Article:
But de Caster stopped at third, and Michel Hernandez got up again and went back to the mound. The entire infield joined in for a colloquy. The ump came out and broke it up after a few moments. Everyone slowly retreated to his position. Only then did pitching coach Xavier Hernandez emerge from the dugout, his head turned toward Thayer the whole way to the mound. All the infielders came back. Another conference. Ump returns to break it up again. Then Childers heads for the dugout.
Such are the mechanics of desperate pitching changes. It’s all about stalling. Not long ago, when the Syracuse Chiefs were in town, I watched Tim Foli give his catcher a visual sign to go “talk” to the pitcher while his replacement got warmer in the bullpen. Ninety seconds of that dilatory tactic, and Foli then popped out of the dugout to make his change.
Thayer replaces Childers. The infield comes in; the Bulls aren’t conceding the tying run. (“Either I win or I lose,” Montoyo said afterward; “I didn’t have any more pitchers.”) He almost gets Reegie Corona out with the first pitch he throws, when Corona pops one high and foul behind home plate. Michel Hernandez is ready for it, but it lands atop the netting just a few feet out of play. Corona fouls another one off down the left-field line, behind on Thayer’s fastball. He looks at a pitch high for ball one, then pops to Ray Olmedo and shortstop. Chris Stewart then grounds Thayer’s next pitch to Olmedo again. Game over. Everyone breathes.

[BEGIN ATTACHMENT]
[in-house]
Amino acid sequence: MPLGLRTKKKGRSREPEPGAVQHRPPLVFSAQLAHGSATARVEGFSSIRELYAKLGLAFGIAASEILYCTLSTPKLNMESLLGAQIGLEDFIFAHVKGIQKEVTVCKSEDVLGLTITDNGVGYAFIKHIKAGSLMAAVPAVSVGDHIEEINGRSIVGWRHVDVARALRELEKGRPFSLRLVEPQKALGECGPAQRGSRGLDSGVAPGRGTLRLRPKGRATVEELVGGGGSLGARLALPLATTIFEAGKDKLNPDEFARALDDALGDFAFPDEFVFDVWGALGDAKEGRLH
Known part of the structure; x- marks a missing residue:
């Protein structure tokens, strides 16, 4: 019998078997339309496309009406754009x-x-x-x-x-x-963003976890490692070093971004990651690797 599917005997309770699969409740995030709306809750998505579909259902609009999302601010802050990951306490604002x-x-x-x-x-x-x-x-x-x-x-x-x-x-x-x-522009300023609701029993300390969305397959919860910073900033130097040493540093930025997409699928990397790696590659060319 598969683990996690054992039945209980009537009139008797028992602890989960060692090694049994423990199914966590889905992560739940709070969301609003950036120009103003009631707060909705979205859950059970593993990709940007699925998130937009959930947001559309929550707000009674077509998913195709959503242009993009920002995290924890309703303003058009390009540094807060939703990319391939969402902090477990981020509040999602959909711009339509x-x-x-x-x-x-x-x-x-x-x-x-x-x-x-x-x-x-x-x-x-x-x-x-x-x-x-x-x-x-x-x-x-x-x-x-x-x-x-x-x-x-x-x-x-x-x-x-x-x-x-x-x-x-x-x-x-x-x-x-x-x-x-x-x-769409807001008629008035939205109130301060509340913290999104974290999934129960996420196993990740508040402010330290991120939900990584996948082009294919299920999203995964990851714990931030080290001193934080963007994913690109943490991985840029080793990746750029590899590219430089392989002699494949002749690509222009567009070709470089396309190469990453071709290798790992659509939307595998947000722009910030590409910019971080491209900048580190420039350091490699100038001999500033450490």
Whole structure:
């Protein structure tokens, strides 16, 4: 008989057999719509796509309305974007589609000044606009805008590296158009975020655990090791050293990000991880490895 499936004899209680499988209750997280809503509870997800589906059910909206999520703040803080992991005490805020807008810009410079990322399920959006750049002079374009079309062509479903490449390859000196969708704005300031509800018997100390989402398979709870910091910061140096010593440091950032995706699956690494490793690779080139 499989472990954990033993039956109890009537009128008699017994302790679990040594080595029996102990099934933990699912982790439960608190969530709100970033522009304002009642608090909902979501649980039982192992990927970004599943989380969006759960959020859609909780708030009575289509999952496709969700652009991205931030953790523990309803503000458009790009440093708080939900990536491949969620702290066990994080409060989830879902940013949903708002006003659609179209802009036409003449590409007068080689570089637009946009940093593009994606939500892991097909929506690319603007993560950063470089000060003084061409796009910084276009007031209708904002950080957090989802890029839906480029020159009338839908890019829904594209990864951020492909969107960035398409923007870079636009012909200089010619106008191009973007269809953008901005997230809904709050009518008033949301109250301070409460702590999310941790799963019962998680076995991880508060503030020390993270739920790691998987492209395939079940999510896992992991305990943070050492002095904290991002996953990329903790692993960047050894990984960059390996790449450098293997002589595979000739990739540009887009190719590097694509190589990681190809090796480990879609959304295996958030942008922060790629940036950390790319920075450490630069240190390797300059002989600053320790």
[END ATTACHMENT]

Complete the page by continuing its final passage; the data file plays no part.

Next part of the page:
If you just wanted the game story, you can stop reading. The remainder is an attempt to get all the strands of spaghetti up off the messy plate that is the current Durham Bulls.
First, a couple of notes about the Scranton/Wilkes-Barre Yankees: Shelley Duncan has missed the first two games of the series. I asked Scranton broadcaster Mike Vander Woude about that, and he told me that Duncan just has a mild back strain, which is fairly common for him. Duncan isn’t seriously hurt—he has taken batting practice the last couple of days—but he’s being rested as a precaution. He should see action against the Bulls on Sunday or Monday. I didn’t have time to ask Vander Woude why prized outfield prospect Austin Jackson was in right field instead of his customary center. Looking over Jackson’s season stats, though, I see that he’s now played right nine times. He’s also played a fair amount of left. The Rays move their minor-league outfielders around, too, so I wouldn’t read anything into Jackson’s relocation last night.